You can draw a straight line from Uber's scandals to Kalanick. Uber's critics say he's directly responsible for creating the toxic cultural cesspool that's been generating all of these scandals. His win-at-all-costs mentality helped Uber cement its lead in the ride-sharing industry, but it's also turned Uber into an example of everything that's wrong with the tech industry.
But as Uber matured into a globe-spanning, $70 billion behemoth, stories of the company’s aggressive, macho culture ran up against evolving expectations for what is acceptable behavior in a tech industry finally grappling with sexism. Now, in the wake of a series of metastasizing scandals, a once unthinkable question is being asked: will Uber’s board fire Travis Kalanick?
Uber doesn't have any problems with its business. Despite the negative press, it continues to gain more users and expand its footprint in cities around the world. It's burning a ton of money, but it's winning. Uber's problem is entirely with its culture. Davey Albey at Wired writes that the only person who can save Uber from itself is Kalanick—and he can only do that by stepping down.
In that light, Kalanick’s commitment to bring on a new COO leaves Uber in an awkward position that doesn’t address the fundamental problem. It’s too small a public act to be an effective statement, and it carves out a position for someone to address operational issues that don’t exist. “Uber needs a complete turnaround and not merely a tweak,” says Sullivan. Only one person can turn things around at Uber. And his best chance of doing that comes when he steps aside.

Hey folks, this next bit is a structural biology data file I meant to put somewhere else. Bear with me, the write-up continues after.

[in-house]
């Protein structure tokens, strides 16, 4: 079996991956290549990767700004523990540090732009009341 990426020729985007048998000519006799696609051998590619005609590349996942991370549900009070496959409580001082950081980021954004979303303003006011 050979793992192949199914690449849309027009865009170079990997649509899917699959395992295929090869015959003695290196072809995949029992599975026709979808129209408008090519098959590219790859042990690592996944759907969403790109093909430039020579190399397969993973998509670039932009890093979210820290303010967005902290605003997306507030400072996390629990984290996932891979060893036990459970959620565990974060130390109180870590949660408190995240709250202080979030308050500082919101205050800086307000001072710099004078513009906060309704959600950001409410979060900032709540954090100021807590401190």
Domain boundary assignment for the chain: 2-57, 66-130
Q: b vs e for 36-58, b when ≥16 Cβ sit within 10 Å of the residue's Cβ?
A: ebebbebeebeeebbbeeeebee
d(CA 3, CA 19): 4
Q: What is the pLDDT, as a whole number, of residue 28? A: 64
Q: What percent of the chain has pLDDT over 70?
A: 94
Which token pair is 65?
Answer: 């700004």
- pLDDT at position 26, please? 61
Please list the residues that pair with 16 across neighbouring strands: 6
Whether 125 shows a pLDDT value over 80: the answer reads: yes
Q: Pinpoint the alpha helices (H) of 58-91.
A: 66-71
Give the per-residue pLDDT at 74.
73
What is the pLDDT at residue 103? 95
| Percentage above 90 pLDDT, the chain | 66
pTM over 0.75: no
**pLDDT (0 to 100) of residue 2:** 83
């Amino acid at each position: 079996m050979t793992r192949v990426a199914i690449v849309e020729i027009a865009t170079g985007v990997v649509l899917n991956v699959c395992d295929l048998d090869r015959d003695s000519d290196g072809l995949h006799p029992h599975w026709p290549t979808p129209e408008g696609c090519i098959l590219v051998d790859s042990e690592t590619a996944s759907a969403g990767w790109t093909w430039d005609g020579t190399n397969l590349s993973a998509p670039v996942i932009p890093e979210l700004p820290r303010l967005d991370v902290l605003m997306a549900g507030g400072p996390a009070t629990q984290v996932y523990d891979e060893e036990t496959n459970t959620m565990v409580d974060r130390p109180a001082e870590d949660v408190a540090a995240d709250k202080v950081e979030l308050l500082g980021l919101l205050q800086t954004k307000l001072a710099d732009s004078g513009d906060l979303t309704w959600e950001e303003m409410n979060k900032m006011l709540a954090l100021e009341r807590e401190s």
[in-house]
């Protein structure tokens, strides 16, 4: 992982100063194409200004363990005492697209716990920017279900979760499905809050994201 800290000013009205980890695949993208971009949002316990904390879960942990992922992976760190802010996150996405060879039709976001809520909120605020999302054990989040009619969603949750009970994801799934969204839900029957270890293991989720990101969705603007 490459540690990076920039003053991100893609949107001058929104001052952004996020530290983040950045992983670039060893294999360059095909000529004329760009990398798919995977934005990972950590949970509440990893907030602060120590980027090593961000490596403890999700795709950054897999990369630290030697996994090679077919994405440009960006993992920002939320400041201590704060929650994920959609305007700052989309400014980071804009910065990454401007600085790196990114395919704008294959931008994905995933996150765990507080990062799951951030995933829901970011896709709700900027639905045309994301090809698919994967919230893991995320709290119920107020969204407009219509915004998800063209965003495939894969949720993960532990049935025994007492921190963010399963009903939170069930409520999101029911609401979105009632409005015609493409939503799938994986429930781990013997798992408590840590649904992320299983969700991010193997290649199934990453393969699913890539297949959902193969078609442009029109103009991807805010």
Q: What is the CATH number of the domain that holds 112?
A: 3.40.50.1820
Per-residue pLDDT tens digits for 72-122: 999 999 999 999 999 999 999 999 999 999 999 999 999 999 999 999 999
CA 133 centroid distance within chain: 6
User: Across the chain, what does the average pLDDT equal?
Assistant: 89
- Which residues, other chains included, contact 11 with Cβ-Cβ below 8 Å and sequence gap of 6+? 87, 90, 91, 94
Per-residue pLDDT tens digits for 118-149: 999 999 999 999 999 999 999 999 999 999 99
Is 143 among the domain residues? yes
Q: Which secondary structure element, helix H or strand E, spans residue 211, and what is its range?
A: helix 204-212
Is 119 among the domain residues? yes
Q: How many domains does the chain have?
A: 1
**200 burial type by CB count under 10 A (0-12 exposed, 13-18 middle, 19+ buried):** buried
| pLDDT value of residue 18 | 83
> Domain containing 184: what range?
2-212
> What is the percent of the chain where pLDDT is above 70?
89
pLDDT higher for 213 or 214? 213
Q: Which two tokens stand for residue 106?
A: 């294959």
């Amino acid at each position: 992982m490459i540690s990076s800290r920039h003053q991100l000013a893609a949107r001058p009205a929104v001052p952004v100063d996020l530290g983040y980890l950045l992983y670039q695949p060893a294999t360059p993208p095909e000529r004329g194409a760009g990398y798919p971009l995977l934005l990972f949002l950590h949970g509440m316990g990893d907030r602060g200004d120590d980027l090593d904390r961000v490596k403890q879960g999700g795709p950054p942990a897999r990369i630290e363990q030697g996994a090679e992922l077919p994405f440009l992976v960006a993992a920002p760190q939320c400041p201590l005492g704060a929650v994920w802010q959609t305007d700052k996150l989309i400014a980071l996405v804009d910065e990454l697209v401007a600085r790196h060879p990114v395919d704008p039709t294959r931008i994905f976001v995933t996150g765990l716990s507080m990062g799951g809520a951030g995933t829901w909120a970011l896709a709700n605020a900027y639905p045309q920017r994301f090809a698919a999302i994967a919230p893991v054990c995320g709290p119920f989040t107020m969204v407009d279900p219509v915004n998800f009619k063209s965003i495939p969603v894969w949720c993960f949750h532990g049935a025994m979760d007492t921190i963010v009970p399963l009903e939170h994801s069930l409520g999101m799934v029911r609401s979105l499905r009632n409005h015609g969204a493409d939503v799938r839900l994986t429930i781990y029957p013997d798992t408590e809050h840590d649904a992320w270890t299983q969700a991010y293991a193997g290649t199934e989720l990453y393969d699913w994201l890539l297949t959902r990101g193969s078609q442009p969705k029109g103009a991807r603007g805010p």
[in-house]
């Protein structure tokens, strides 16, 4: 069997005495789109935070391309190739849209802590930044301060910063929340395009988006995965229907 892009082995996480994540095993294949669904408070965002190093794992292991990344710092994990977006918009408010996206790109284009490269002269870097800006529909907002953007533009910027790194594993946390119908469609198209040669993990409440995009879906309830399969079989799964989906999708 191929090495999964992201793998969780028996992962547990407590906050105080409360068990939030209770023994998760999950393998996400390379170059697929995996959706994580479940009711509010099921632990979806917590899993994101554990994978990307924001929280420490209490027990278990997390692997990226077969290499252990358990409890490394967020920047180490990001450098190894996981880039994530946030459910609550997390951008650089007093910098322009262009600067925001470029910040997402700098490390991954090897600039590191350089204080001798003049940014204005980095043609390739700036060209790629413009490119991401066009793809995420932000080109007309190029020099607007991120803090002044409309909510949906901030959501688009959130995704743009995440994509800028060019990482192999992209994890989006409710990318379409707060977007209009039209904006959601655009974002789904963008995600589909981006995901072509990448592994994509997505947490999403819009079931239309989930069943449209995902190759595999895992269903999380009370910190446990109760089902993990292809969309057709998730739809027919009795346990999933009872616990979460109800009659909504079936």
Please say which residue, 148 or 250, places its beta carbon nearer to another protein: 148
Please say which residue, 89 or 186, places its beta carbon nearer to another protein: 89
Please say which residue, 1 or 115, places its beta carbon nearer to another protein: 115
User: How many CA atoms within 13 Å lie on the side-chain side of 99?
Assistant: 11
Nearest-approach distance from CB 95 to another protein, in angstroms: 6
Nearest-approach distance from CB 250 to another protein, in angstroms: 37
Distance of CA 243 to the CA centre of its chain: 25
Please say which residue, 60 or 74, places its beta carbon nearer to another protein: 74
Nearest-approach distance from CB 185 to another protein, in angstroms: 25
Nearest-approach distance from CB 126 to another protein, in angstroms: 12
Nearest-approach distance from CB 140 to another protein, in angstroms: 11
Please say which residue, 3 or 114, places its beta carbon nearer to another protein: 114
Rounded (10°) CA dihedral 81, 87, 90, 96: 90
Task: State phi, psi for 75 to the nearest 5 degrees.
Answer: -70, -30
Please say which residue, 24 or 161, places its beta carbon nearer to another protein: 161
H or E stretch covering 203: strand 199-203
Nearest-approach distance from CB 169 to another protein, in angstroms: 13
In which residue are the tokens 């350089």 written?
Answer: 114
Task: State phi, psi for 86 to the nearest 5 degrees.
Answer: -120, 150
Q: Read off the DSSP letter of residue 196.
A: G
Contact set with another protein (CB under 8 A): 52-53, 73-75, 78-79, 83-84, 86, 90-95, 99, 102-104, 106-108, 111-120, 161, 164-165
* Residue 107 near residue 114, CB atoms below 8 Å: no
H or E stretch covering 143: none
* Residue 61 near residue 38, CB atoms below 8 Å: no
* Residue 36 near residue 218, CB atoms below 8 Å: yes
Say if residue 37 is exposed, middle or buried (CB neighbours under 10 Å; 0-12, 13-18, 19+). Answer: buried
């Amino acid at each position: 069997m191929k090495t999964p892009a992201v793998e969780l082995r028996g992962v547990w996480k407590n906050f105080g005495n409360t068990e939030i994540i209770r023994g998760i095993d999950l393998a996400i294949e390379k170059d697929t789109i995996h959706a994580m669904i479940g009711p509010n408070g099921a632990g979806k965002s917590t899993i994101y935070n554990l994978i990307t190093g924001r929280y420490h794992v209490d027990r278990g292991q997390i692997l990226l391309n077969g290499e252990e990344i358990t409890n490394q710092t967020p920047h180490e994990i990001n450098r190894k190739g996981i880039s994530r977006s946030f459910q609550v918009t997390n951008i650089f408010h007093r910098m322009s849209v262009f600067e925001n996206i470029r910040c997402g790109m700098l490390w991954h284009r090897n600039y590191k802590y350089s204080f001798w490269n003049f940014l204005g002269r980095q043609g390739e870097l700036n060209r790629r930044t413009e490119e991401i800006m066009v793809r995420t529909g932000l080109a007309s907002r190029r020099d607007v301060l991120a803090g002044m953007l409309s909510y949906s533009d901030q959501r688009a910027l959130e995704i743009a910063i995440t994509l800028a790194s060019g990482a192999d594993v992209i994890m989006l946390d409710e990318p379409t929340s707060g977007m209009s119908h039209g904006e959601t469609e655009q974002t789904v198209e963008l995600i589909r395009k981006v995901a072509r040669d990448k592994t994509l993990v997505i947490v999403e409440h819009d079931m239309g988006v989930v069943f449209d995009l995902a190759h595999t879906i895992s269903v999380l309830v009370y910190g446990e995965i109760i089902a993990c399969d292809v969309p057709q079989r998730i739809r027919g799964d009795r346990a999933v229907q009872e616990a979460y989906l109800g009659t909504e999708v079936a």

Kalanick's supporters say he's the one who made Uber into what it is and he's the only one who can change its direction. Taking on the taxi industry and car giants was a gargantuan task. Kalanick is a good and capable CEO, he just needs a better leadership team to help correct Uber's direction and hiring a chief operating officer is a good first step in that direction.
“I think Uber is a really special company,” says the CEO of a finance-related tech platform. “Being able to grow it so fast and scale it so much was really hard, and people don’t appreciate that enough. On that level, I’d give Travis a lot of credit.” On the other hand, “Too much to me, it feels like the only leader at Uber is Travis. I don’t think that’s true, but that’s what it looks like to people. He does need a COO to help him run the day-to-day execution. I like how [Facebook CEO Mark] Zuckerberg has done it—he’s still in charge, it’s his vision, but it also feels like Sheryl Sandberg and the other great leaders around him are making the day-to-day happen. I’m not sure if that exists at Uber.”
If critics are right that Kalanick is completely responsible for Uber's culture, then that means Kalanick is the only person who can change the culture. No one else knows Uber better than him.
And a sports-tech CEO puts it this way: “Him stepping down would be the worst outcome, because the only person that could really change it is him. If they put in someone else, does that person really have the power to change the culture? I think that’s unlikely.”